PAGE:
Fulvue Drive-In.com
Current Reviews
In Stores Soon
In Stores Now
DVD Reviews, SACD Reviews Essays Interviews Contact Us Meet the Staff
An Explanation of Our Rating System Search  
Category:    Home > Reviews > Documentary > Talk Show > Access Cable TV > Rock > Pop > Punk > TV Party – The Documentary

TV Party – The Documentary


Picture: C+     Sound: C+     Extras: C+    Documentary: B



We have looked at a few episodes of the underground, New York cable-access series TV Party before, but they were nothing as compared to the final output of the show and TV Party – The Documentary that the show captured far more important moments of its time and the music scene in particular than we expected.  Glenn O’Brien was the host and is here to contribute with many of the participants and major guests (like Debbie Harry) for this intriguing 90 minutes.


Pressing all the political buttons possible, getting calls from the most ignorant and homophobic, acting goofy and influencing David Letterman by his own admission, the show was really the next logical step after the original Saturday Night Live in where you could go with a talk/skit show, though they did get distracted.  Guest who were either scheduled or dropped by includes Andy Warhol, Jean-Michel Basquiat, Fab Five Freddie, Nile Rodgers, George Clinton, The B-52s, David Bowie, Robert Fripp, Chris Stein and Debbie Harry.  There are also many, many real original Punk bands from the era are here in a priceless archive seen in many of the clips.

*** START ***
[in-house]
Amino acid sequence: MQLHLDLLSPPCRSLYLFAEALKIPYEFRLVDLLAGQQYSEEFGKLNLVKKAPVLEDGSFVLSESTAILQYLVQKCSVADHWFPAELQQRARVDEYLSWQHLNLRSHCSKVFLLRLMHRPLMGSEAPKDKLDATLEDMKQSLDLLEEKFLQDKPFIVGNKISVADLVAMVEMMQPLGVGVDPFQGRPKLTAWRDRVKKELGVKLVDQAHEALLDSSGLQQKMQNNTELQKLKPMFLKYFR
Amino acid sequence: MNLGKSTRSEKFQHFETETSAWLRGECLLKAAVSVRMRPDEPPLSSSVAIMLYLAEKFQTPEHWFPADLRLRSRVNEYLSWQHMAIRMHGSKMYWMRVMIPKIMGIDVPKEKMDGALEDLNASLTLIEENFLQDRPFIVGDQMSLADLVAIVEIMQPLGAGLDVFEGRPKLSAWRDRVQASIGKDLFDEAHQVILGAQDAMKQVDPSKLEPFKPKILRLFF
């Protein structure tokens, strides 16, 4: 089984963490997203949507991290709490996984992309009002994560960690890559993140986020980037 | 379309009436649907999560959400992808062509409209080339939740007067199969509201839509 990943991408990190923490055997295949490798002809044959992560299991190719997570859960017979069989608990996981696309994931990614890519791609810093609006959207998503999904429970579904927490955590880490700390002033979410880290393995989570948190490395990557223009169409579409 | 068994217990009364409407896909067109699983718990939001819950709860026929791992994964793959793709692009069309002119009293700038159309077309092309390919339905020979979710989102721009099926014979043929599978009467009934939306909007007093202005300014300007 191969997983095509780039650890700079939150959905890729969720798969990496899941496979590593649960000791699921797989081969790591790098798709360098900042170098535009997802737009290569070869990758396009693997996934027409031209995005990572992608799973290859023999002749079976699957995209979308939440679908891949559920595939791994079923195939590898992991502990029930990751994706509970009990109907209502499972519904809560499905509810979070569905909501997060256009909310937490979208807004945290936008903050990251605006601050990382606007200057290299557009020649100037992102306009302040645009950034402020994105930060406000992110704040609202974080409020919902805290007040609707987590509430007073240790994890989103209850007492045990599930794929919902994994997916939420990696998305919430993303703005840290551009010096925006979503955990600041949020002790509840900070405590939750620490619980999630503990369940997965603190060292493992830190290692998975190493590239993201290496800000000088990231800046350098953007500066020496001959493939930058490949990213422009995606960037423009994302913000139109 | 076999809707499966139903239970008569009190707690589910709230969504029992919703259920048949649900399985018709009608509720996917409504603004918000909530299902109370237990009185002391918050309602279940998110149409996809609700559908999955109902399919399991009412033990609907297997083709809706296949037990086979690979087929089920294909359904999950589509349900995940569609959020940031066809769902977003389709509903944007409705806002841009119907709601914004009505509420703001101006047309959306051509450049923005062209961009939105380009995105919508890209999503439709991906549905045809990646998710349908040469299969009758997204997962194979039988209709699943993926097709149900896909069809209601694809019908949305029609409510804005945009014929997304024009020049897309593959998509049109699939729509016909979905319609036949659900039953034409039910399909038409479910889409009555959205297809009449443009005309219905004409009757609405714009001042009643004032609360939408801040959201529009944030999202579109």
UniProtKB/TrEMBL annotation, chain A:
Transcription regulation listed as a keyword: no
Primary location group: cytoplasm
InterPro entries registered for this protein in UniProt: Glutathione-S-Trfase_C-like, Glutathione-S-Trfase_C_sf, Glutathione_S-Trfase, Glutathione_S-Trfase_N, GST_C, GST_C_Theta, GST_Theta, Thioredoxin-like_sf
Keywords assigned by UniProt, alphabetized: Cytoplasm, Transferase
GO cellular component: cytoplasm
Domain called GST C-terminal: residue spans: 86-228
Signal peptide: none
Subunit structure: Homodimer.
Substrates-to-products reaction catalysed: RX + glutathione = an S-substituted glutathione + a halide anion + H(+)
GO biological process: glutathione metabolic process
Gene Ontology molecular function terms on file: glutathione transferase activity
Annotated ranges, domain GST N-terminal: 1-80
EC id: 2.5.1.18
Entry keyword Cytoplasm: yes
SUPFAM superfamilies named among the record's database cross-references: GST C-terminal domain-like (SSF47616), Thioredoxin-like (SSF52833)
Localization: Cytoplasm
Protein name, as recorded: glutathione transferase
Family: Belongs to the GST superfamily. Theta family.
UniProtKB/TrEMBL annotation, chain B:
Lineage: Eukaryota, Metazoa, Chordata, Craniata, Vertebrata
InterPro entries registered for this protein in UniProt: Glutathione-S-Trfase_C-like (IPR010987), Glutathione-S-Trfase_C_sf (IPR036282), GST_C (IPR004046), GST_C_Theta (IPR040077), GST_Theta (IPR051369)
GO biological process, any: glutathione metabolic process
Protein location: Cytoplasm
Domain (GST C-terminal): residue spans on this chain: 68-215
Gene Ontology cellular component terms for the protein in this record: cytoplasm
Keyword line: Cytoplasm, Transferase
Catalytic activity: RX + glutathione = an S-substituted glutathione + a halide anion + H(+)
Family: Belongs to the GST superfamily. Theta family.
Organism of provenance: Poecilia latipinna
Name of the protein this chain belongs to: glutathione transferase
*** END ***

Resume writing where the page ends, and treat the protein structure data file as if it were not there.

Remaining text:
Most important is the excellent way in which the program captures the spirit of what bold TV can be; something so sadly lacking in the medium today, especially when things should have become more interesting with the intro of HD when HD seems to be making the medium stillborn.


The 1.33 X 1 image from the show is black and white NTSC videotape, though newer footage is color, namely the interviews.  However, there is something interesting and fun about that older tape that marks a great period of experimentation we will never see again.  The Dolby Digital 2.0 sound is mono for the most part, though the interviews are simple stereo at best.  Extras include a really good 16-page booklet, stills and a trailer for the program.



-   Nicholas Sheffo


 Copyright © MMIII through MMX fulvuedrive-in.com